Now for my favorite part: the sea lions were literally EVERYWHERE. They don’t stop being cute! They are on the sidewalks, benches, rocks and beaches all around the island and I can’t seem to get enough pictures of them. The tortoises and sea lions have almost filled my memory card. You can get so close to them and they don’t wake up for anything. They are a lazy bunch but fun to share the beach with – albeit a bit smelly if you get too close.EB0BA4A3-378C-4BDF-AB54-C52908EAEFBA

I guess this is how the sea lions have their fun. This water slide is not for people.6A1A52E3-AD14-499A-A5FE-0FC2A4DF651F

Feeding party!B28C5C97-CA8E-47A3-9828-E13A0E501463

I can’t believe I took this with my own camera…IMG_1026_2

Let this be the last image you see before you sleep tonight.AE677507-F170-480D-BE6F-960899CA99BF

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Jatun Sacha

I made it to the Galapagos! Starting my journey on San Cristobal Island volunteering for Jatun Sacha. I can’t write much because I only have internet for about 10 more minutes until I go back up to the reserve – then cut off from all telecommunication until Friday when I can get back into town.C4133157-DE7C-4C0F-8115-8817DBC239AE

This might be the tiniest airport I’ve flown into.3562B3FE-904C-4A48-97AE-D4A68513F49C0550C333-A31A-4AA8-826F-1B89EF30E60A

The gringo line to pass through immigration.00A552B2-0E5A-4F7D-B6C5-5BAD5E4D000E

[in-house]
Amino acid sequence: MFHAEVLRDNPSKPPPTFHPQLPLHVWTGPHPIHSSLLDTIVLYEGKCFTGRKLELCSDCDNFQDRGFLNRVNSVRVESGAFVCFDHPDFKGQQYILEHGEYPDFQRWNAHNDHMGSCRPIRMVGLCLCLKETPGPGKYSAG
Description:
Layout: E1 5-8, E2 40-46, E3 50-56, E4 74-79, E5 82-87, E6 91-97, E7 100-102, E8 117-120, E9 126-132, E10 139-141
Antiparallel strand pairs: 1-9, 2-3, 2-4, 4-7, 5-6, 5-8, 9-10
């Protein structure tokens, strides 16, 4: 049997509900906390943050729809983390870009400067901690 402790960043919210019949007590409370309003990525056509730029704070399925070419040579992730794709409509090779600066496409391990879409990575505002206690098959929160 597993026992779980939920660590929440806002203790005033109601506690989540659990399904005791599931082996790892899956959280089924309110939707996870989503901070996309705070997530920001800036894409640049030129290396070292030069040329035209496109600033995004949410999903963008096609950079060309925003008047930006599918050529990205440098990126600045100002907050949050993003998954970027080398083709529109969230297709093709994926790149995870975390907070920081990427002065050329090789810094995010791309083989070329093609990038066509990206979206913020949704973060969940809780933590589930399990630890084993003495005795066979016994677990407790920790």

Upon Arrival, the driver for Jatun Sacha picked me up and brought me to the volunteer station in the highlands of San Cristobal Island – about 45 minutes from the coast. Halfway through the trip he decided to tell me that all the volunteers were in Puerto Baquerizo Moreno, the coastal town where all of the tourists stay. When I got up to the reserve, I was literally the only one there besides the cook. It was beautiful, but after about an hour completely alone, I got a bit bored without phone or internet. I felt like I was on an Outward Bound Solo. I got some reading done, chatted with the cook, Sandra, after dinner, and then around 7 decided that that was the longest 3 hours of my life and I would like to try to go down to the Puerto to meet the rest of the volunteers the next day. Oh, and it is also cloudy and rainy in the highlands and beautiful and sunny by the beaches. The director found me a room with the rest of the volunteers so I would be able to enjoy some exploring and internet time before beginning my volunteer work for the next week. I will be back down here (or perhaps on another surrounding island) next Friday.